In the color realm, the Movie mode’s six color points were solid but not excellent. Red and blue were the farthest for the Rec 709 reference points, with Delta Errors of 9.04 and 9.89, respectively. Since the TV lacks a color management system, the only way I could try to improve the numbers was to fine-tune the basic color and tint controls, and I was actually able to get decent results through this process. With just a few minor adjustments to color and tint, I was able to get the Delta Error under three for every color except blue, which was still up around the 7.6 range. Can you get better, more precisely accurate color in a higher-end TV? Absolutely, but these numbers are likely good enough for the vast majority of shoppers, especially in this price range.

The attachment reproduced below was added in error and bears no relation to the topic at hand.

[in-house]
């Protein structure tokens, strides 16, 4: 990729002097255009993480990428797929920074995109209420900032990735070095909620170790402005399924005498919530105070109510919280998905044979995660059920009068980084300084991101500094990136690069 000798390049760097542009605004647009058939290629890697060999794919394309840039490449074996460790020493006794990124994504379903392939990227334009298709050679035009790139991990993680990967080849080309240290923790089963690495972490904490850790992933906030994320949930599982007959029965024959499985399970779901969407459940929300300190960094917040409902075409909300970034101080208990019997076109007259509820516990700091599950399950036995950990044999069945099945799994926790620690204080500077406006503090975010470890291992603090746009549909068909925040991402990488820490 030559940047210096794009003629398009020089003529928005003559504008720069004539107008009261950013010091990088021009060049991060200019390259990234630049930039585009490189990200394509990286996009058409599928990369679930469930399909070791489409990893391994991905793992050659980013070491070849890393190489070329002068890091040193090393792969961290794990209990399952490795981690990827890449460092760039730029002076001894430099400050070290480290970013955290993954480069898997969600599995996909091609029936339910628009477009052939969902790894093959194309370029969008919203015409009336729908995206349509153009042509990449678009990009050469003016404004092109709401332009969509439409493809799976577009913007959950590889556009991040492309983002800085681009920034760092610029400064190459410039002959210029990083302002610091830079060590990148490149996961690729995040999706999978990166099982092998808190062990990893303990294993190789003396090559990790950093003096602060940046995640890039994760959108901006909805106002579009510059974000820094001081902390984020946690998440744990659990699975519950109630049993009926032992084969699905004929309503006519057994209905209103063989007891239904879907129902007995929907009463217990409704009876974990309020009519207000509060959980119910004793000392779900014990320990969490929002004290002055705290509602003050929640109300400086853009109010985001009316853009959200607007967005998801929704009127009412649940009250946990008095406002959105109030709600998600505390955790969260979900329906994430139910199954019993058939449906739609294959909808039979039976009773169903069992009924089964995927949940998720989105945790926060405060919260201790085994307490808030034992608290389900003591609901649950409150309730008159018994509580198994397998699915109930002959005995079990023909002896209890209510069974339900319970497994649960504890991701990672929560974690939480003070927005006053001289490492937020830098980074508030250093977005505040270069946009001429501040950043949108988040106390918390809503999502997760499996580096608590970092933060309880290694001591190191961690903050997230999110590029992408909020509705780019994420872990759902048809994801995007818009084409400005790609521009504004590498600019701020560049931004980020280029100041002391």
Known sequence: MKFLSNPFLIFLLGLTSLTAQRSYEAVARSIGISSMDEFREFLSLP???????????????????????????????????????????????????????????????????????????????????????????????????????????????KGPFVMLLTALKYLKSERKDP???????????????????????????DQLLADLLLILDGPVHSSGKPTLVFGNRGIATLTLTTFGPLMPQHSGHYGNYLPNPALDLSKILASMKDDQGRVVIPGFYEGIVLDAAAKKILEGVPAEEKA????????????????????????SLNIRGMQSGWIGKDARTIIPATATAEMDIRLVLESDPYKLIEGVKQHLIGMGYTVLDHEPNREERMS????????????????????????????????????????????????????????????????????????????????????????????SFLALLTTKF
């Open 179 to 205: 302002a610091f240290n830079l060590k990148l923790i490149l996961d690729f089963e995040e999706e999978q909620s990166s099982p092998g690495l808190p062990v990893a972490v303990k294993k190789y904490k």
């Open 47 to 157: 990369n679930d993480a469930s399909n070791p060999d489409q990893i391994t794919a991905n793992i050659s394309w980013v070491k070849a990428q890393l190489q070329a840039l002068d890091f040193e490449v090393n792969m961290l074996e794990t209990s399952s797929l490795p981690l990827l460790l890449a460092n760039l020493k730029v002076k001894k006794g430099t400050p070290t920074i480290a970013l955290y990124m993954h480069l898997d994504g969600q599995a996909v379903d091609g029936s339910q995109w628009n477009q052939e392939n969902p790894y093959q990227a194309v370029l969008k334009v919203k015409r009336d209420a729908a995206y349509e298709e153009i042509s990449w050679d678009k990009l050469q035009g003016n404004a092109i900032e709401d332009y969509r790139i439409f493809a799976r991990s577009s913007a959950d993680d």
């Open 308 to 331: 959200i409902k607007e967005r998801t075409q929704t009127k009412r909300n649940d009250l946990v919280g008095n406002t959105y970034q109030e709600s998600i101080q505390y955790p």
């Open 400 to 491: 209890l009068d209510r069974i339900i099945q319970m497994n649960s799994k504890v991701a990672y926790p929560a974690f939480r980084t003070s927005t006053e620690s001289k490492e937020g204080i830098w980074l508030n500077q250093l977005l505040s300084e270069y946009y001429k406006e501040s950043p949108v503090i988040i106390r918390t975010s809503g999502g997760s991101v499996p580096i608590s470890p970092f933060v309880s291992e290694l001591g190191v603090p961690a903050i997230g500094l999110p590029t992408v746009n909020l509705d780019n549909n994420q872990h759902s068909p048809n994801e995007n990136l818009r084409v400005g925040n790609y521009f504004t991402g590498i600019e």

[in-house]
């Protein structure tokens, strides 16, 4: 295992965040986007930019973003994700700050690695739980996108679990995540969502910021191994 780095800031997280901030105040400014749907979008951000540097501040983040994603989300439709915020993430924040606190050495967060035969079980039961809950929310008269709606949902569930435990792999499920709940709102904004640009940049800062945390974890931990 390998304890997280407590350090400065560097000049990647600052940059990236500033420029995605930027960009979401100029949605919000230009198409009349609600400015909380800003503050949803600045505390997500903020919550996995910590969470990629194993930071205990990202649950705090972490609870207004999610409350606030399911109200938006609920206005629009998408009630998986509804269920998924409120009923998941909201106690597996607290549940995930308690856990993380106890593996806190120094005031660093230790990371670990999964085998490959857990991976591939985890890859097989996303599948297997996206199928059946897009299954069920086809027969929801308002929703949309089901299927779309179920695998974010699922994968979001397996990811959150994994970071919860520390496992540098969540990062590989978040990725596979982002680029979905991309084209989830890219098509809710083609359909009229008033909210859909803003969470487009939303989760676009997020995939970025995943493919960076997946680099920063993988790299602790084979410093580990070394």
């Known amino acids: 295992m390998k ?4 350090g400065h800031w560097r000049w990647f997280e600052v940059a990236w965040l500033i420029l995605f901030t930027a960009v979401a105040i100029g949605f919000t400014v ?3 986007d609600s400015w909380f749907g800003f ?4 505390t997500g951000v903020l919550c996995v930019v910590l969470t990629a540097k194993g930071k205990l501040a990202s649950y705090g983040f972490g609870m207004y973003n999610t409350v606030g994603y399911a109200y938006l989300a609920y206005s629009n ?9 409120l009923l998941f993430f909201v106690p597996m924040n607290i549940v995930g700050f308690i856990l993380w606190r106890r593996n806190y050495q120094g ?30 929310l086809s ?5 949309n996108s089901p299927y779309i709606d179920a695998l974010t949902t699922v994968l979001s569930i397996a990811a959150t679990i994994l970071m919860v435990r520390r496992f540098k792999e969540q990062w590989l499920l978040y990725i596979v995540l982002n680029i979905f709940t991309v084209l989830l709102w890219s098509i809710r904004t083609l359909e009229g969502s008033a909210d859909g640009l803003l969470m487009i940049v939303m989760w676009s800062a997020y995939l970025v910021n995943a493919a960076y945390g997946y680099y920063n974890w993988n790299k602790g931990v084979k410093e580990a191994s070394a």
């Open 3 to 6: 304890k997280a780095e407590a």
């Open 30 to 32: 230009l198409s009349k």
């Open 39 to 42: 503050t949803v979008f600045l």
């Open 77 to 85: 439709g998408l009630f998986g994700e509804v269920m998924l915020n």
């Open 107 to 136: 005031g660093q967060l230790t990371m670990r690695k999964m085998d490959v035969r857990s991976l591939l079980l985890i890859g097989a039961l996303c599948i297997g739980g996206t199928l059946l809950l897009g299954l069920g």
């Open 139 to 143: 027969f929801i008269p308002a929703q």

As I mentioned, I used the Custom picture mode for my bright-room mode, which had an out-of-the-box grayscale Delta Error of 15.44, an average gamma of 2.28, and color points that were a little less accurate than those of the Movie mode. By doing nothing more than changing the color temperature to the Warm setting and lowering the brightness control one click, the grayscale Delta Error fell to 1.86 with a gamma of 2.23 and better color points (again, blue was off the mark). I doubt anyone spending $750 on a TV is going to drop a few hundred more on a professional calibration, so it’s good news that the EM55FTR can perform so well with only minor tweaks that anyone can make with a DVD like Digital Video Essentials or Disney’s WOW.